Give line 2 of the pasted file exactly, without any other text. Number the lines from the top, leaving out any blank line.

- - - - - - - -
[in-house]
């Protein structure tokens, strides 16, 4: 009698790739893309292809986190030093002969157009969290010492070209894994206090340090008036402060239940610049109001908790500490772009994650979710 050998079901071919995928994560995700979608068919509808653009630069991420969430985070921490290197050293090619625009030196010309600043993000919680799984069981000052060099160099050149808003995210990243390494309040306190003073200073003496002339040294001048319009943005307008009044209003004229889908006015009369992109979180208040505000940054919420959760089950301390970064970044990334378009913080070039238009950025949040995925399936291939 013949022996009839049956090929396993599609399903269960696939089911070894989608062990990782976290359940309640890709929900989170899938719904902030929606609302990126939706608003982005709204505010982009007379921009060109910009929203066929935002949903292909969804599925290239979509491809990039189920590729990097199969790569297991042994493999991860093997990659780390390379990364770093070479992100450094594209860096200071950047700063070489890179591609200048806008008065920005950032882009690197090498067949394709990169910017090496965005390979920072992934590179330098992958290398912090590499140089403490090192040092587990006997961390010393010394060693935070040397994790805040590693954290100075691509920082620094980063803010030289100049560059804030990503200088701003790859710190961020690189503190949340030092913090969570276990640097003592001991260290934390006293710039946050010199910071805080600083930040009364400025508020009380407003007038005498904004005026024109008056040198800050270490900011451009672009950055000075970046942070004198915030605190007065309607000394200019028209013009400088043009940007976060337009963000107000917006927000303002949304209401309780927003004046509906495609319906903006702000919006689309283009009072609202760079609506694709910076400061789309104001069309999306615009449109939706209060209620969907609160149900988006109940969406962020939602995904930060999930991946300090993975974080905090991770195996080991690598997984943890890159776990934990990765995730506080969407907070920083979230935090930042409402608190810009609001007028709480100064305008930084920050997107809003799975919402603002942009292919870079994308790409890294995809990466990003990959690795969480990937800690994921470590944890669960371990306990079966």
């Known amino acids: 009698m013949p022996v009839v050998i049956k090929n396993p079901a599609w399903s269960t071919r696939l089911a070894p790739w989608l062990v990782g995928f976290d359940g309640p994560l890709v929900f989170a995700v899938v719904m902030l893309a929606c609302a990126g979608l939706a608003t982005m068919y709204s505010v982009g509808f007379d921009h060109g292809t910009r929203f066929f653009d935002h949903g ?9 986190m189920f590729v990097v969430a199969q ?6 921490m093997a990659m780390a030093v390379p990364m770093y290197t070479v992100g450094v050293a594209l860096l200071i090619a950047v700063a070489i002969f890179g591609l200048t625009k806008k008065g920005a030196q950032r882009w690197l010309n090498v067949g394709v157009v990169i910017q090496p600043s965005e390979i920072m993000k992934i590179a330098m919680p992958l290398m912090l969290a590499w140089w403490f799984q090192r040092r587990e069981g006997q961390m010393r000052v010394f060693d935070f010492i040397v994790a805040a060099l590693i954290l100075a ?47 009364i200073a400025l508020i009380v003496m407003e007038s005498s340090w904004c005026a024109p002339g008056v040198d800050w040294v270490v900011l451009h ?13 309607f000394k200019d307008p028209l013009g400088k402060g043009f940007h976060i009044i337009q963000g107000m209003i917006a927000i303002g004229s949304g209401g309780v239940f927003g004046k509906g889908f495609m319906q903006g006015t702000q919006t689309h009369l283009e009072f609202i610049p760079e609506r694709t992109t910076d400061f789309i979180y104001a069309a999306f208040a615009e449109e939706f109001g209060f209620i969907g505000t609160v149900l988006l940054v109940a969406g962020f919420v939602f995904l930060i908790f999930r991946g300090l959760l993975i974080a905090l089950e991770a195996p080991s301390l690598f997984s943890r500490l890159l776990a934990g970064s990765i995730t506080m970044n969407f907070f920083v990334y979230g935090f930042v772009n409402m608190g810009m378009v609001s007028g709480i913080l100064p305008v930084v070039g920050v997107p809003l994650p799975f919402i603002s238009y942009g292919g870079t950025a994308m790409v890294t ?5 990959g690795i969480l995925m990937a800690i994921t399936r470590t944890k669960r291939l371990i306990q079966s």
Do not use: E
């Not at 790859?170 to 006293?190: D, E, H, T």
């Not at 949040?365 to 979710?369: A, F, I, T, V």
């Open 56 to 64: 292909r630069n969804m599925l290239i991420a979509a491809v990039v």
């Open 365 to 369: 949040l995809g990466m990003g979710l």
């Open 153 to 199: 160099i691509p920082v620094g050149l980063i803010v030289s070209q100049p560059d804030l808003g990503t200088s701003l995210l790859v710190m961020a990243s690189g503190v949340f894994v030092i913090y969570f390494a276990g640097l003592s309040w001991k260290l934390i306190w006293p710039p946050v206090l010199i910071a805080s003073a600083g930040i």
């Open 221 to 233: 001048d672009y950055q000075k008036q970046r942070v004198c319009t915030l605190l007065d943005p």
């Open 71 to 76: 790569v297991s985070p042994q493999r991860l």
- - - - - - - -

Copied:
């Protein structure tokens, strides 16, 4: 009698790739893309292809986190030093002969157009969290010492070209894994206090340090008036402060239940610049109001908790500490772009994650979710 050998079901071919995928994560995700979608068919509808653009630069991420969430985070921490290197050293090619625009030196010309600043993000919680799984069981000052060099160099050149808003995210990243390494309040306190003073200073003496002339040294001048319009943005307008009044209003004229889908006015009369992109979180208040505000940054919420959760089950301390970064970044990334378009913080070039238009950025949040995925399936291939 013949022996009839049956090929396993599609399903269960696939089911070894989608062990990782976290359940309640890709929900989170899938719904902030929606609302990126939706608003982005709204505010982009007379921009060109910009929203066929935002949903292909969804599925290239979509491809990039189920590729990097199969790569297991042994493999991860093997990659780390390379990364770093070479992100450094594209860096200071950047700063070489890179591609200048806008008065920005950032882009690197090498067949394709990169910017090496965005390979920072992934590179330098992958290398912090590499140089403490090192040092587990006997961390010393010394060693935070040397994790805040590693954290100075691509920082620094980063803010030289100049560059804030990503200088701003790859710190961020690189503190949340030092913090969570276990640097003592001991260290934390006293710039946050010199910071805080600083930040009364400025508020009380407003007038005498904004005026024109008056040198800050270490900011451009672009950055000075970046942070004198915030605190007065309607000394200019028209013009400088043009940007976060337009963000107000917006927000303002949304209401309780927003004046509906495609319906903006702000919006689309283009009072609202760079609506694709910076400061789309104001069309999306615009449109939706209060209620969907609160149900988006109940969406962020939602995904930060999930991946300090993975974080905090991770195996080991690598997984943890890159776990934990990765995730506080969407907070920083979230935090930042409402608190810009609001007028709480100064305008930084920050997107809003799975919402603002942009292919870079994308790409890294995809990466990003990959690795969480990937800690994921470590944890669960371990306990079966």